Monday, October 11, 2010

Recent grads find themselves in front of the class

College grads have roles reversed

This post was written by Brittney Burns, a staff writer for the Western Carolinian.

With the current state of the economy, students are all but optimistic about securing a job after graduation. Newly deemed alumni, Acacia Brijalba and Megan Jones, were both able to find jobs utilizing their degrees and are now "open for business."

Brijalba and Jones both came to Western Carolina University from Rutherford County, N.C. and remained friends throughout college. Both women pursued a degree that would enable them to enter the teaching profession. Brijalba graduated in December 2009 with a bachelor of science in education for English and Jones was soon to follow, graduating in May of 2010 with a Bachelor of Science in elementary education with a concentration in psychology. Because the December 2009 commencement graduation ceremony was cancelled due to weather, these childhood friends were able to walk across the stage on the same day in May.

Shortly after graduation, Brijalba was hired by Sun Valley High School in Monroe, NC as a 10th grade English teacher and Jones began working at the elementary school she attended as a child, Spindale Elementary in Spindale, N.C., as a kindergarten teacher.

Brijalbais currently a resident of Charlotte, N.C., but when she was at Western she lived in the cottages behind campus near the Maples. She said that living on her on, off campus helped to prepare her for the transition into the real world because she had already gotten a taste of independence. Jones lived on campus in the Harrill dorm her first two years at Western, then moved to Rabbit Ridge until she graduated. Jones remembers dorm life as being fun and "a part of college everyone should experience." Since graduating, Jones has returned to her hometown of Rutherfordton, N.C.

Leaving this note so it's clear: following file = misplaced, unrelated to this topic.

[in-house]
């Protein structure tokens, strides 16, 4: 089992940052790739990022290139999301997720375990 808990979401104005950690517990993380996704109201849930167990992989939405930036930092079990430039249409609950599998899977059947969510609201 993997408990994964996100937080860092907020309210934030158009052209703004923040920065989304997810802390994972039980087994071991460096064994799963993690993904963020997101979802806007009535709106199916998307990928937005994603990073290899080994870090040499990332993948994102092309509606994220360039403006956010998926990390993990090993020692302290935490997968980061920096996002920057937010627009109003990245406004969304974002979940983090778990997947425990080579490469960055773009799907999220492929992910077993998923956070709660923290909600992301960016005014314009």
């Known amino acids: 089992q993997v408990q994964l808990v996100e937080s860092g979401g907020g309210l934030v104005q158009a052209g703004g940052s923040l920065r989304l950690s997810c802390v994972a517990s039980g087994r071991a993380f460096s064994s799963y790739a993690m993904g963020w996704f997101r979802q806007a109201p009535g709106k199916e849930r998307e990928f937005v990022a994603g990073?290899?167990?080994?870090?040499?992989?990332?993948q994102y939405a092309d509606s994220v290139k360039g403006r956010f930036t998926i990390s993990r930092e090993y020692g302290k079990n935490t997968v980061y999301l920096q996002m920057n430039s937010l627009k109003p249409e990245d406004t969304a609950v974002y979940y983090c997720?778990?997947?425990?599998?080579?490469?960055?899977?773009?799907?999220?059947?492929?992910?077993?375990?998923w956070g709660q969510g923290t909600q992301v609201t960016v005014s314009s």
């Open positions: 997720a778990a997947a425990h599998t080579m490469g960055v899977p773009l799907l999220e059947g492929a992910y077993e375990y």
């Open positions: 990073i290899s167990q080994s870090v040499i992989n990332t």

When becoming a teacher, your professors are more than instructors, but role models who will inevitable shape your own teaching styles and techniques. Brijalba has numerous professors at Western who guided her during her education, but is most thankful for Dr. Carter, Ms. Duffy, and Dr. Lawerence. These professors all got to know her on a personal level, and encouraged and supporter her. When Brijalba first applied for the position at Sun Valley High, she didn't hesitate to call on Dr. Carter for help with the application process and obtaining the information she needed to secure the job.

Jones bragged that the entire elementary education department is extremely inspiring and each teacher she had helped to mold her into the teacher she is today; a few teachers she admires the most are Dr. Folger, Dr. Rose, and Dr. Bricker. She said that each of these professors helped to show her the importance of teaching and it is because of their encouragement and dedication that she was able to become a member of the Kappa Delta Pi International Honor Society in Education.

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